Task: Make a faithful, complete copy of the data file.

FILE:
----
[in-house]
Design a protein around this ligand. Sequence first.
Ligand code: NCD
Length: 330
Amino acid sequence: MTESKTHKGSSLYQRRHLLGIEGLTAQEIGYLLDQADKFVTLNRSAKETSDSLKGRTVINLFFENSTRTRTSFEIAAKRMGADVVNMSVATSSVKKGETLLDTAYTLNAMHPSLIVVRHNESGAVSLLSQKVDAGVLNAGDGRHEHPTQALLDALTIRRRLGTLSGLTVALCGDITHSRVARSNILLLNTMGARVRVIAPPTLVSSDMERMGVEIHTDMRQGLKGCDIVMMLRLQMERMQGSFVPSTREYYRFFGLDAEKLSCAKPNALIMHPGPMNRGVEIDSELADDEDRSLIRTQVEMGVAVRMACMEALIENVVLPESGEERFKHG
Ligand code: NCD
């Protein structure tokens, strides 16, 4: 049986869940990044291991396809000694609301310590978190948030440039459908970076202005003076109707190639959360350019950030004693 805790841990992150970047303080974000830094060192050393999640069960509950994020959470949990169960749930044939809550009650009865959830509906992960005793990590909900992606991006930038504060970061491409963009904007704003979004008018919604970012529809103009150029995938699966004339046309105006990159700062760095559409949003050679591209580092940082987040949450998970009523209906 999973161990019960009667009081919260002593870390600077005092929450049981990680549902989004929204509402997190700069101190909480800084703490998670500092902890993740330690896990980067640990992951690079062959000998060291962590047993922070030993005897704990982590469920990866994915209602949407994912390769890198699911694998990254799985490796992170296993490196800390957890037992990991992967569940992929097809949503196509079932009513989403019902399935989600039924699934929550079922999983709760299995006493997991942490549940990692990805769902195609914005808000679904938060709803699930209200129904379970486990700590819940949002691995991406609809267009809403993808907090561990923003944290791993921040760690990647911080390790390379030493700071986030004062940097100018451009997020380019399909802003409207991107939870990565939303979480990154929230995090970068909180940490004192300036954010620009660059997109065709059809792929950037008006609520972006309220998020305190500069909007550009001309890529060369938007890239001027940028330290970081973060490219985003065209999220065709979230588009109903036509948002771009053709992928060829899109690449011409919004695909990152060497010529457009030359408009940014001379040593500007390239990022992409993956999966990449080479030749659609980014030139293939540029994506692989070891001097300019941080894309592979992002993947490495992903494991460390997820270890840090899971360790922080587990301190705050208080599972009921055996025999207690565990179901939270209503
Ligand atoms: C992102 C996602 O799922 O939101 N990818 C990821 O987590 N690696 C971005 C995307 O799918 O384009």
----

[in-house]
Design a protein around this ligand. Sequence first.
Ligand code: NCD
Length: 330
Amino acid sequence: MTESKTHKGSSLYQRRHLLGIEGLTAQEIGYLLDQADKFVTLNRSAKETSDSLKGRTVINLFFENSTRTRTSFEIAAKRMGADVVNMSVATSSVKKGETLLDTAYTLNAMHPSLIVVRHNESGAVSLLSQKVDAGVLNAGDGRHEHPTQALLDALTIRRRLGTLSGLTVALCGDITHSRVARSNILLLNTMGARVRVIAPPTLVSSDMERMGVEIHTDMRQGLKGCDIVMMLRLQMERMQGSFVPSTREYYRFFGLDAEKLSCAKPNALIMHPGPMNRGVEIDSELADDEDRSLIRTQVEMGVAVRMACMEALIENVVLPESGEERFKHG
Ligand code: NCD
């Protein structure tokens, strides 16, 4: 049986869940990044291991396809000694609301310590978190948030440039459908970076202005003076109707190639959360350019950030004693 805790841990992150970047303080974000830094060192050393999640069960509950994020959470949990169960749930044939809550009650009865959830509906992960005793990590909900992606991006930038504060970061491409963009904007704003979004008018919604970012529809103009150029995938699966004339046309105006990159700062760095559409949003050679591209580092940082987040949450998970009523209906 999973161990019960009667009081919260002593870390600077005092929450049981990680549902989004929204509402997190700069101190909480800084703490998670500092902890993740330690896990980067640990992951690079062959000998060291962590047993922070030993005897704990982590469920990866994915209602949407994912390769890198699911694998990254799985490796992170296993490196800390957890037992990991992967569940992929097809949503196509079932009513989403019902399935989600039924699934929550079922999983709760299995006493997991942490549940990692990805769902195609914005808000679904938060709803699930209200129904379970486990700590819940949002691995991406609809267009809403993808907090561990923003944290791993921040760690990647911080390790390379030493700071986030004062940097100018451009997020380019399909802003409207991107939870990565939303979480990154929230995090970068909180940490004192300036954010620009660059997109065709059809792929950037008006609520972006309220998020305190500069909007550009001309890529060369938007890239001027940028330290970081973060490219985003065209999220065709979230588009109903036509948002771009053709992928060829899109690449011409919004695909990152060497010529457009030359408009940014001379040593500007390239990022992409993956999966990449080479030749659609980014030139293939540029994506692989070891001097300019941080894309592979992002993947490495992903494991460390997820270890840090899971360790922080587990301190705050208080599972009921055996025999207690565990179901939270209503
Ligand atoms: C992102 C996602 O799922 O939101 N990818 C990821 O987590 N690696 C971005 C995307 O799918 O384009």